On 26 April, after spending weeks caring for patients with coronavirus pandemic 2019 (COVID-19) in New York City, emergency room physician Lorna Breen took her own life. A recent study conducted in the middle of the outbreak in China reported that quite 70% of frontline doctors had psychological distress after caring for patients with COVID-19. Much of what we face daily is uncharted territory, but history tells us that this trauma, like other types, may have profound implications for the psychological state of clinicians. during a study of health care workers involved within the 2003 SARS outbreak in Toronto, one-third of these surveyed reported posttraumatic stress symptoms at levels almost like those of victims of a large-scale natural disaster. Furthermore, the danger for this secondary trauma comes for clinicians who have already got a better burden of psychological state disease than the typical population.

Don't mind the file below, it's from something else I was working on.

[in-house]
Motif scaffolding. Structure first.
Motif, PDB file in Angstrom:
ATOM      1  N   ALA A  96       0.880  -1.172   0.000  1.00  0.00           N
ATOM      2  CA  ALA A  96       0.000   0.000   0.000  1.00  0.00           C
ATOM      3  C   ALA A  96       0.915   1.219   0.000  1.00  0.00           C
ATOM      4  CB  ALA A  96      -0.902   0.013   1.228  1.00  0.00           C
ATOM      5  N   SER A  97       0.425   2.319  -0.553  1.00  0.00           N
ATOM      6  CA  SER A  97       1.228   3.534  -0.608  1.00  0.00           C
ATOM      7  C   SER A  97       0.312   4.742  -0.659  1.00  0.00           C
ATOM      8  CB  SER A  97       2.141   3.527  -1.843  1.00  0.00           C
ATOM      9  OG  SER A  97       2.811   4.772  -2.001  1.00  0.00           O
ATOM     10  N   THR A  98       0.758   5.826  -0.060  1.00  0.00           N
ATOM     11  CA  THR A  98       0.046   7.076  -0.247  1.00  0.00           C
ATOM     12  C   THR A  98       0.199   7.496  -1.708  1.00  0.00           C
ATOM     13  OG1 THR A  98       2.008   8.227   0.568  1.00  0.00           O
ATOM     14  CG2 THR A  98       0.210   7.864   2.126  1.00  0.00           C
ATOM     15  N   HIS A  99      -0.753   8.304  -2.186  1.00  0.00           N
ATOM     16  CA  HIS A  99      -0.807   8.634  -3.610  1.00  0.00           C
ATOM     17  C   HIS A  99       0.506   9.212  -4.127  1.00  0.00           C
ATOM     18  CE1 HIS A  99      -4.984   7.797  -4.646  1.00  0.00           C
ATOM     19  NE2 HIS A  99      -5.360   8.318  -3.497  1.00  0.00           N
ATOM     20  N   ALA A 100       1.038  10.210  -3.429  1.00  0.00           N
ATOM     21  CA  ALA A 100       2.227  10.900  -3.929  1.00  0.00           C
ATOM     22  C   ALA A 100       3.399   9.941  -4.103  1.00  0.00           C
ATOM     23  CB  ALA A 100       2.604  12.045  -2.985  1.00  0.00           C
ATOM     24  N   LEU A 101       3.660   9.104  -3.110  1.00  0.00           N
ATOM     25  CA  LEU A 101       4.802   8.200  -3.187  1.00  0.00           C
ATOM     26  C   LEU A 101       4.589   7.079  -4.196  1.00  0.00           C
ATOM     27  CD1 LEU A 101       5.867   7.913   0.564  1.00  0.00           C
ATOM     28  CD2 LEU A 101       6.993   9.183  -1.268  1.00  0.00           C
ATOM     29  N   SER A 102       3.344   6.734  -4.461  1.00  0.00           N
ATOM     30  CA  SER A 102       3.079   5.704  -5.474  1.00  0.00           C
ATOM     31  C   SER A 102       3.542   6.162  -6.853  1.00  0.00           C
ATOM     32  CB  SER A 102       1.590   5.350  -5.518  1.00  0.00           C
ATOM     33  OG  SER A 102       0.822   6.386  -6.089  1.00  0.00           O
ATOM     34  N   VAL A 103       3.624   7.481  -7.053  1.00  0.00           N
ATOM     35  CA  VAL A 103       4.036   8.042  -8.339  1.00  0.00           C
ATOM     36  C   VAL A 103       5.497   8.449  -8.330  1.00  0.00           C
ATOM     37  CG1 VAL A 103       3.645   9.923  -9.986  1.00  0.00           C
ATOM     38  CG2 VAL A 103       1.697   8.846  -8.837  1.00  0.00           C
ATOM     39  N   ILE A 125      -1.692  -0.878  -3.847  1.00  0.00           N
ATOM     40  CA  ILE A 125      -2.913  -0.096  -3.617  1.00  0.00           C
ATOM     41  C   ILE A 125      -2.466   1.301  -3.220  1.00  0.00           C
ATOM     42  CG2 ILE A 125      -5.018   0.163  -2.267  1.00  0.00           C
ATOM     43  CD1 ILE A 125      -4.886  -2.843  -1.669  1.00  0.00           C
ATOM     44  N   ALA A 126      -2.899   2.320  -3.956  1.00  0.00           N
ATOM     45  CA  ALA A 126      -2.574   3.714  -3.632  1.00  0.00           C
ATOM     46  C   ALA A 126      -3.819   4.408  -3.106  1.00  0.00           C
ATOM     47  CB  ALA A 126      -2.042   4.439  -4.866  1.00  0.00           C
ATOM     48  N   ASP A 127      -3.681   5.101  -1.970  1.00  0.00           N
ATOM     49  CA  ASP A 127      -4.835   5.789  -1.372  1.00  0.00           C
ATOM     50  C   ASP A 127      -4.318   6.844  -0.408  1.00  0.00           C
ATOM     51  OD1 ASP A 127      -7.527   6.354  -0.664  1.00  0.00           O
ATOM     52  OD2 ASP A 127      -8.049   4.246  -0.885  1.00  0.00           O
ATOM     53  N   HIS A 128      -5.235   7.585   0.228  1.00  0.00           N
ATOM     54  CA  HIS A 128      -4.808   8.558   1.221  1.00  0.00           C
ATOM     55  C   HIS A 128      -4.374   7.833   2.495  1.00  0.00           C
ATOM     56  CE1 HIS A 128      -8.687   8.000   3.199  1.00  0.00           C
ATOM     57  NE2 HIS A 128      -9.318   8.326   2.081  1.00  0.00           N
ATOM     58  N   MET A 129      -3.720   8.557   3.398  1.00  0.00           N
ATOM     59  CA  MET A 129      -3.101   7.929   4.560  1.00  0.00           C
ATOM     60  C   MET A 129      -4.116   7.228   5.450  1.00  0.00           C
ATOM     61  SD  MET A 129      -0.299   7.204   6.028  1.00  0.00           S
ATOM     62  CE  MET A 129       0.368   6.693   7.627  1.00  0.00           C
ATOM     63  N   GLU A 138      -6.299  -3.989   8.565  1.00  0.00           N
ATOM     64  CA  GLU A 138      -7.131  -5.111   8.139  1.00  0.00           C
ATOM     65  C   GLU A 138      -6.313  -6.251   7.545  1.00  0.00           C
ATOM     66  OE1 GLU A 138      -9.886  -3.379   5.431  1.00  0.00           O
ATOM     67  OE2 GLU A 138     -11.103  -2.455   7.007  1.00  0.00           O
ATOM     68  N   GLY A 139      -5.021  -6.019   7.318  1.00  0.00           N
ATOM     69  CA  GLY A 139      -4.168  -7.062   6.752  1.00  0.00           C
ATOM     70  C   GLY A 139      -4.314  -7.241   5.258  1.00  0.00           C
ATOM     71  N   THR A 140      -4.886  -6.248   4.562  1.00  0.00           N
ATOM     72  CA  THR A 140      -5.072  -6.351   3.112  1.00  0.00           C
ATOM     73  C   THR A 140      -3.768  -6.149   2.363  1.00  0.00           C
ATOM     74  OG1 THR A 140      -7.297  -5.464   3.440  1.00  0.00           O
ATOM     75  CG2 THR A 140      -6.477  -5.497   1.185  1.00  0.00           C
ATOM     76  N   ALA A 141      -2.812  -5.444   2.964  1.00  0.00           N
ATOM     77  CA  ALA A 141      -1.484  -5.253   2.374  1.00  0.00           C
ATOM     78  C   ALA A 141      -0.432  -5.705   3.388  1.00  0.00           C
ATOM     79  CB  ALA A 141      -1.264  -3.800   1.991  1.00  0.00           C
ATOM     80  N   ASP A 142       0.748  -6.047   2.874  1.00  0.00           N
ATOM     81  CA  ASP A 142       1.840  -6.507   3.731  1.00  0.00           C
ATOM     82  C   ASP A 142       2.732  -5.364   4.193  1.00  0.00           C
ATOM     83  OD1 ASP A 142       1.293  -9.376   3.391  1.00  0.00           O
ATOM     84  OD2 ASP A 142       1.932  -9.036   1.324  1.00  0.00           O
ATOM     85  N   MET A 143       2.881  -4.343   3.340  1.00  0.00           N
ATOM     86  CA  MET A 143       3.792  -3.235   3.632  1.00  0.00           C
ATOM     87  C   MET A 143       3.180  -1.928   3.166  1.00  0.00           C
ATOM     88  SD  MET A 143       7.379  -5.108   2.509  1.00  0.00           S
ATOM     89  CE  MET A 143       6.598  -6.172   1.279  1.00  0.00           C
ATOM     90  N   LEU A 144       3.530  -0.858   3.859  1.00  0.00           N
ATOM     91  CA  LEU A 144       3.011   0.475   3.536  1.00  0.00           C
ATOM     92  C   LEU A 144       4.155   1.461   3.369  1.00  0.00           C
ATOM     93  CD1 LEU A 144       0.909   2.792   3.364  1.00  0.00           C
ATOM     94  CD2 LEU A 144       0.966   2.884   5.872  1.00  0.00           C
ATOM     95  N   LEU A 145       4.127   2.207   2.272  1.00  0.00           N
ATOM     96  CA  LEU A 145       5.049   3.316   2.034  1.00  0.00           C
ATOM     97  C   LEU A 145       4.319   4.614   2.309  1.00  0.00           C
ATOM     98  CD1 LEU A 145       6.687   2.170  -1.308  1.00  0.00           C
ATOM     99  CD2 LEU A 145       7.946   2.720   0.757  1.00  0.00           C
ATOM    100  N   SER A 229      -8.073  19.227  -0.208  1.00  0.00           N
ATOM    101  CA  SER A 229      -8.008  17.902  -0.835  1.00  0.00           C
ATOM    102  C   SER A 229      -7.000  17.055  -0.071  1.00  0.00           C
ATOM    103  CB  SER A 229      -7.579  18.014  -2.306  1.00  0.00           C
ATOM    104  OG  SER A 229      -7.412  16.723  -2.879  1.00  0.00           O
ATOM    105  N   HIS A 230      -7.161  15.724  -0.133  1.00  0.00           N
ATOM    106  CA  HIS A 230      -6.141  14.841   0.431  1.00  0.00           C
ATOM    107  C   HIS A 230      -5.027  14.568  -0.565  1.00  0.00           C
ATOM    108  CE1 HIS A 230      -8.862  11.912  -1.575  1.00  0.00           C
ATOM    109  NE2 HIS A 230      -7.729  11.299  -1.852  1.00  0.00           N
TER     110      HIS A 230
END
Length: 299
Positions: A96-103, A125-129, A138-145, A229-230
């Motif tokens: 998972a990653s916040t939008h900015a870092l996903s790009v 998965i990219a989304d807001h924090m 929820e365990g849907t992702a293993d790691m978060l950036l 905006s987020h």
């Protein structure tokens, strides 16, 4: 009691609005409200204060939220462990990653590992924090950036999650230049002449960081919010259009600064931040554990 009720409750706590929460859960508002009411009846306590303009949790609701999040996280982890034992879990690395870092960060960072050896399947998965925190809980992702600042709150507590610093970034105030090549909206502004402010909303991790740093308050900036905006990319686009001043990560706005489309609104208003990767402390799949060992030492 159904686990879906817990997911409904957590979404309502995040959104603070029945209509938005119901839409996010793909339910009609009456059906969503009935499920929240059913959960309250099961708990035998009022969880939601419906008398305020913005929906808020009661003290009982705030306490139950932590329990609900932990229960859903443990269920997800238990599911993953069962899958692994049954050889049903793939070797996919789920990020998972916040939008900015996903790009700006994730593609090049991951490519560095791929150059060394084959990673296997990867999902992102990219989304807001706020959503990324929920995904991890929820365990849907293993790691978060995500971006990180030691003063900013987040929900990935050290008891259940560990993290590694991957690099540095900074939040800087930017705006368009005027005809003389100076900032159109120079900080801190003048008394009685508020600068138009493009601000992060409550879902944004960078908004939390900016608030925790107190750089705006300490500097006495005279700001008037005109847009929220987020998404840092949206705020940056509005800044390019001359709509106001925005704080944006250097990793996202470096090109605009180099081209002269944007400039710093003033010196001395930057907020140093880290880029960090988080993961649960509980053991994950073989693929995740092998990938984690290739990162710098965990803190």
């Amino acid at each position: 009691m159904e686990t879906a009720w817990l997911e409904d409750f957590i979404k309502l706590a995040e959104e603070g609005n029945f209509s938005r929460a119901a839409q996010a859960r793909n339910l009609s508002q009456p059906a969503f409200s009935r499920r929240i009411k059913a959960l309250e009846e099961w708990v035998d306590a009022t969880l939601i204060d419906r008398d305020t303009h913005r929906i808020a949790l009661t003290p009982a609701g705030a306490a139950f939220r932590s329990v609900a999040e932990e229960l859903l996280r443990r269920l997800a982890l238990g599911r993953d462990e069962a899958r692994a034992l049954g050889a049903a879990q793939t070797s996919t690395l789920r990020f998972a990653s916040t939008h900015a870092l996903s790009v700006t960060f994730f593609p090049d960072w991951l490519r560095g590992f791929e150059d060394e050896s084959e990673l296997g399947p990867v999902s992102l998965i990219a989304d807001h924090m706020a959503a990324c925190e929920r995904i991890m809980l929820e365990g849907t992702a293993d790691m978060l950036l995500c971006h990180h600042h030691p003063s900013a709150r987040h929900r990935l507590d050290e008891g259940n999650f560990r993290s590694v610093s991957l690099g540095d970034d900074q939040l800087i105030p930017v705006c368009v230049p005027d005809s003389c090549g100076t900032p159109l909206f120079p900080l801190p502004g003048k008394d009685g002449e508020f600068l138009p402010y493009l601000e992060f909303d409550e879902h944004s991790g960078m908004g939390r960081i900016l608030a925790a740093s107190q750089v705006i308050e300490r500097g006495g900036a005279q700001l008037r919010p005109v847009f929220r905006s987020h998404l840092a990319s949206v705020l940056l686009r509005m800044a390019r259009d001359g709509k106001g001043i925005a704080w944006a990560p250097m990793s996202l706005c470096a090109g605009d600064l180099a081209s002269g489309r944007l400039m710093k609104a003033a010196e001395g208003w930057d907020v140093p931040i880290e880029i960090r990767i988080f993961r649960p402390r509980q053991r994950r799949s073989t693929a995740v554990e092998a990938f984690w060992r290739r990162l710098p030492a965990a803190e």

As we’ve struggled to adapt our coping mechanisms during this point, we’ve also observed our colleagues throughout the health care system in despair, often without the support, structure, and skills to process these events. If we take timely and targeted action, we’ll provide the support our fellow clinicians desperately need. As we still mourn the catastrophic mortality from this pandemic, we must recognize that some outcomes are often prevented.